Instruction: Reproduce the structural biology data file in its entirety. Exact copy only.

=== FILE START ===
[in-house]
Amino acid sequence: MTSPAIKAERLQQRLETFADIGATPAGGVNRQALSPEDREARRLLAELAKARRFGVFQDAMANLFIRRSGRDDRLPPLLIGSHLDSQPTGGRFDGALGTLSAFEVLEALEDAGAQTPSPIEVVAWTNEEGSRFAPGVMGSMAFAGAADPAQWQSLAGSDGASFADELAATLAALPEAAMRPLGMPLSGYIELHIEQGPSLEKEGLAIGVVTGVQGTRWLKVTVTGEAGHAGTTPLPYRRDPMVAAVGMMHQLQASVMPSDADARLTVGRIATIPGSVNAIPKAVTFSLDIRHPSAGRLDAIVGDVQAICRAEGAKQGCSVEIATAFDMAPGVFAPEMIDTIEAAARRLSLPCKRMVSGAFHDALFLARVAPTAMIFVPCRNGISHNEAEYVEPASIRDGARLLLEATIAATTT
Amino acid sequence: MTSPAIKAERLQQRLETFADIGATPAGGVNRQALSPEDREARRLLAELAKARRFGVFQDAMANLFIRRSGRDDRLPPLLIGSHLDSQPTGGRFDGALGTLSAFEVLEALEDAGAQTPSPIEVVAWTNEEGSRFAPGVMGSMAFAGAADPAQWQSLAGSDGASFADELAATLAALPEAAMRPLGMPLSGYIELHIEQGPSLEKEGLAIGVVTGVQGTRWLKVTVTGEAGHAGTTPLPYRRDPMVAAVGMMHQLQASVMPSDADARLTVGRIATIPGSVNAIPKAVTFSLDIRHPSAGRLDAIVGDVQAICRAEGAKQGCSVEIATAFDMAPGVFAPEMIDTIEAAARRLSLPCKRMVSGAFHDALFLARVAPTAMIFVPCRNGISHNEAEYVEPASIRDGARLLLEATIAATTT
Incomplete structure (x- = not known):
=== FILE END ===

[in-house]
Amino acid sequence: MTSPAIKAERLQQRLETFADIGATPAGGVNRQALSPEDREARRLLAELAKARRFGVFQDAMANLFIRRSGRDDRLPPLLIGSHLDSQPTGGRFDGALGTLSAFEVLEALEDAGAQTPSPIEVVAWTNEEGSRFAPGVMGSMAFAGAADPAQWQSLAGSDGASFADELAATLAALPEAAMRPLGMPLSGYIELHIEQGPSLEKEGLAIGVVTGVQGTRWLKVTVTGEAGHAGTTPLPYRRDPMVAAVGMMHQLQASVMPSDADARLTVGRIATIPGSVNAIPKAVTFSLDIRHPSAGRLDAIVGDVQAICRAEGAKQGCSVEIATAFDMAPGVFAPEMIDTIEAAARRLSLPCKRMVSGAFHDALFLARVAPTAMIFVPCRNGISHNEAEYVEPASIRDGARLLLEATIAATTT
Amino acid sequence: MTSPAIKAERLQQRLETFADIGATPAGGVNRQALSPEDREARRLLAELAKARRFGVFQDAMANLFIRRSGRDDRLPPLLIGSHLDSQPTGGRFDGALGTLSAFEVLEALEDAGAQTPSPIEVVAWTNEEGSRFAPGVMGSMAFAGAADPAQWQSLAGSDGASFADELAATLAALPEAAMRPLGMPLSGYIELHIEQGPSLEKEGLAIGVVTGVQGTRWLKVTVTGEAGHAGTTPLPYRRDPMVAAVGMMHQLQASVMPSDADARLTVGRIATIPGSVNAIPKAVTFSLDIRHPSAGRLDAIVGDVQAICRAEGAKQGCSVEIATAFDMAPGVFAPEMIDTIEAAARRLSLPCKRMVSGAFHDALFLARVAPTAMIFVPCRNGISHNEAEYVEPASIRDGARLLLEATIAATTT
Incomplete structure (x- = not known):